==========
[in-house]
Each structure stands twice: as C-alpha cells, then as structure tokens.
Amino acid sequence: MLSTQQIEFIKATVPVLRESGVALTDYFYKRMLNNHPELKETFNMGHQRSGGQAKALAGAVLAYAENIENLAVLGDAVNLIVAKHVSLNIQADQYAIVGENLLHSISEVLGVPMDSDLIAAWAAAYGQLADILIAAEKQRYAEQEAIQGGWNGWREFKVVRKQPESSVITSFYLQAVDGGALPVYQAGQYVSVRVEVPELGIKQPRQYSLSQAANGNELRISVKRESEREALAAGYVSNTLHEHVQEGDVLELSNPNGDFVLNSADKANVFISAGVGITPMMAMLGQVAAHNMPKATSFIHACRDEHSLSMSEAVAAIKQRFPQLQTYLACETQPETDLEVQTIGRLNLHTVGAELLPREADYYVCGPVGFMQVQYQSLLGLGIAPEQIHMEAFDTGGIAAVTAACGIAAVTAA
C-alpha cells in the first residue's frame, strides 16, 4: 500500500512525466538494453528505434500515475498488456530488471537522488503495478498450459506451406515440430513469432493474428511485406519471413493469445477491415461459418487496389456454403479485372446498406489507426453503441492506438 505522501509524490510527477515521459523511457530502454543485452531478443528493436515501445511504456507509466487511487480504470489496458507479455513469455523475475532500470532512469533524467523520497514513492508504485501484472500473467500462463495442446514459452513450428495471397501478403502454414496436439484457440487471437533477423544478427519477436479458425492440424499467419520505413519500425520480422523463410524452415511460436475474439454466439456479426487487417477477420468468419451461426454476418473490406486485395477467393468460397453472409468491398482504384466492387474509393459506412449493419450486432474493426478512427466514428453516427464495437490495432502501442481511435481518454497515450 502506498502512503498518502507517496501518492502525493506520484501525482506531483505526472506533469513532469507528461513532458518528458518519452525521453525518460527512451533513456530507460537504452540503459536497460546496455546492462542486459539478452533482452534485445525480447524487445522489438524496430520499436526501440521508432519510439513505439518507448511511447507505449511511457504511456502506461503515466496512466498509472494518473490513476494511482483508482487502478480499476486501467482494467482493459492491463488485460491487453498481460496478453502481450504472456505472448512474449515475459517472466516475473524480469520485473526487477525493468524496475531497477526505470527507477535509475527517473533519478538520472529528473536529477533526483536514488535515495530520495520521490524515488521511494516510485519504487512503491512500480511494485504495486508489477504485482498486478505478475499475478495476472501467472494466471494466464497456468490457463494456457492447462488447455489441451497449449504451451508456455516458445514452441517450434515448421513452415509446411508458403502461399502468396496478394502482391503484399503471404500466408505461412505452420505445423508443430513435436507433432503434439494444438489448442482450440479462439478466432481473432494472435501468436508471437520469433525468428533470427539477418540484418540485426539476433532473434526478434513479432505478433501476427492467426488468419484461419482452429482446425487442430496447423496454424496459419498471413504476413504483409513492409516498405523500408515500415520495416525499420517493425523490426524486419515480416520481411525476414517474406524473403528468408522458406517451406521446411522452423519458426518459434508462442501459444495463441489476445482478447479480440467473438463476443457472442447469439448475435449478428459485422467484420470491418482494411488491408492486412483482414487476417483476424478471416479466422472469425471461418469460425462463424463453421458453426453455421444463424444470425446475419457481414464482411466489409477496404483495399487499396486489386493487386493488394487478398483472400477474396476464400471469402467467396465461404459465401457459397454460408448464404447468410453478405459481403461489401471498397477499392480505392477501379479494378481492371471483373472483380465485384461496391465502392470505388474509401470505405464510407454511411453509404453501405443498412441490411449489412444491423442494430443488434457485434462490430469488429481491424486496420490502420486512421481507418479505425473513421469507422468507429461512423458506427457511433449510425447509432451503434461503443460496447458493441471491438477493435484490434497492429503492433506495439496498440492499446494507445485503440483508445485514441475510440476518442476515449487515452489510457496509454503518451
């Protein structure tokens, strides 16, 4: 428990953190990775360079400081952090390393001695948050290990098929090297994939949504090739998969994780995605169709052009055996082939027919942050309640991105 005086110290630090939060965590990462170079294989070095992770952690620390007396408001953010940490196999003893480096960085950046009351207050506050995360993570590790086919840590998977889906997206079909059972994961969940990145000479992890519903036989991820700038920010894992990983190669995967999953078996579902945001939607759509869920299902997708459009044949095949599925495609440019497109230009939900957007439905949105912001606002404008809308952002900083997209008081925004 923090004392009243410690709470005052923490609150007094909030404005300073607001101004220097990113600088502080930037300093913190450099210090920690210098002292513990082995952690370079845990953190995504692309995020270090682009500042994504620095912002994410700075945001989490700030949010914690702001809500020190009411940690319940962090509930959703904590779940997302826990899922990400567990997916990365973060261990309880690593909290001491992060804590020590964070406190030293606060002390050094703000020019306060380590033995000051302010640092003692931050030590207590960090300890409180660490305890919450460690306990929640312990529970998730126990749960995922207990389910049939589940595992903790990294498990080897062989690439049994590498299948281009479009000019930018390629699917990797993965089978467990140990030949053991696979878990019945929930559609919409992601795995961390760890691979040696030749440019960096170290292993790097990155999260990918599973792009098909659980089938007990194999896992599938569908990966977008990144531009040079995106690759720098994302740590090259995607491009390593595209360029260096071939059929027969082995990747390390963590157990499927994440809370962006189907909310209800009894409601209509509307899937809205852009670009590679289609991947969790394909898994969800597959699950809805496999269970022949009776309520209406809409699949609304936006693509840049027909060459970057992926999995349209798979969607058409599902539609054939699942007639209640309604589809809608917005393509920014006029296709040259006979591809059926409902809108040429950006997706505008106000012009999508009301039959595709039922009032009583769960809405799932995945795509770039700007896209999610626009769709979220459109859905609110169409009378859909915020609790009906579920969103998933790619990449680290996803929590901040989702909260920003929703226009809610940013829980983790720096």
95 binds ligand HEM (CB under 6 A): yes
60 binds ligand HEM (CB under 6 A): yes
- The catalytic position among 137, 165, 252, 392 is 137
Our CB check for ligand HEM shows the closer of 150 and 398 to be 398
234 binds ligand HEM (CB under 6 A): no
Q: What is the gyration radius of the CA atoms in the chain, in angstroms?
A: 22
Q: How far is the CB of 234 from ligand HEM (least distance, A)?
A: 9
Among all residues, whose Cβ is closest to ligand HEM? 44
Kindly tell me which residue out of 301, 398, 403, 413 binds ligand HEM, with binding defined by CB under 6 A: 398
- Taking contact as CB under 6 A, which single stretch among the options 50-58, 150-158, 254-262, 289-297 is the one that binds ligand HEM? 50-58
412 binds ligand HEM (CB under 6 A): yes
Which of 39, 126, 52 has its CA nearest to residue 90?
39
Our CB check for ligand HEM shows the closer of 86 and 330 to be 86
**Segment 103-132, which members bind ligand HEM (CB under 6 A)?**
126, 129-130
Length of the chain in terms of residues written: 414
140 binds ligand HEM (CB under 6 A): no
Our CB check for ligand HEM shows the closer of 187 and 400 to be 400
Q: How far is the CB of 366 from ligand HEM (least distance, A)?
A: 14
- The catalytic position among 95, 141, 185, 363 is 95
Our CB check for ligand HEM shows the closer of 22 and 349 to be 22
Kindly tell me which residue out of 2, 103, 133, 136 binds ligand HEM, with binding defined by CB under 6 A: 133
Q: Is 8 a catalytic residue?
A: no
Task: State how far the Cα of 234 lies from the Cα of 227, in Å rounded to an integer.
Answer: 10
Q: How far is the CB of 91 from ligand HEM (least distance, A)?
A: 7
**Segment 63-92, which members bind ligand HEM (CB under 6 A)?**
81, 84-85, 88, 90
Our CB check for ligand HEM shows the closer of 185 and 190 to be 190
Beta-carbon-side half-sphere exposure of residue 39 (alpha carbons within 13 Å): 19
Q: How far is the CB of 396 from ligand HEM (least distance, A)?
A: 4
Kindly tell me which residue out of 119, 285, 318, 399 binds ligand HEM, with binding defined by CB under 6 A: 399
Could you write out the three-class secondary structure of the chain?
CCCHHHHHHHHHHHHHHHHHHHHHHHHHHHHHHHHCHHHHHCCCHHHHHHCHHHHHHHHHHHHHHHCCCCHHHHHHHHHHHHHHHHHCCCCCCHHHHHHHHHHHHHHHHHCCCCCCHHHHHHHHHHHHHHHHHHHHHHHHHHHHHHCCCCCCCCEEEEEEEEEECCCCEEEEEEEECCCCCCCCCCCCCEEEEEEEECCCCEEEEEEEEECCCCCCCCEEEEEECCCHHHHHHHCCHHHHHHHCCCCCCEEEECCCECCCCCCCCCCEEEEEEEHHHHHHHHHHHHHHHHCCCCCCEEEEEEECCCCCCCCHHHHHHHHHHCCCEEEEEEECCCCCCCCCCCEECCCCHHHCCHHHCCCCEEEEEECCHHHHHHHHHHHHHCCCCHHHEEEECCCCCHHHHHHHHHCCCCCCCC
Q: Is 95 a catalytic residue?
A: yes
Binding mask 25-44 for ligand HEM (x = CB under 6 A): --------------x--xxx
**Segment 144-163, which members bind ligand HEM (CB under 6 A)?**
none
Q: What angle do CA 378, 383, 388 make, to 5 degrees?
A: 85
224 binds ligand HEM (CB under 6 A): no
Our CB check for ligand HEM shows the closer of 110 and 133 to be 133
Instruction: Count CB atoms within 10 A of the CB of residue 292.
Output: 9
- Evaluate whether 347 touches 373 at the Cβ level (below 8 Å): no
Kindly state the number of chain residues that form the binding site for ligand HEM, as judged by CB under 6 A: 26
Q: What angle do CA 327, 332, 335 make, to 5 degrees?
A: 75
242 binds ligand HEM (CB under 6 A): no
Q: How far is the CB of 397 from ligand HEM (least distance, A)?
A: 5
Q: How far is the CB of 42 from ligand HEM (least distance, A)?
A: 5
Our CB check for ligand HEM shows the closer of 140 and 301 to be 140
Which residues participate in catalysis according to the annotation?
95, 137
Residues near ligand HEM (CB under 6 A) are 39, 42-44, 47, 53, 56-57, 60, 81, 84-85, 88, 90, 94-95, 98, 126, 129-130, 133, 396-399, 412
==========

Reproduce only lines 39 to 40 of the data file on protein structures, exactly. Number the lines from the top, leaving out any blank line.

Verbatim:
81, 84-85, 88, 90
Our CB check for ligand HEM shows the closer of 185 and 190 to be 190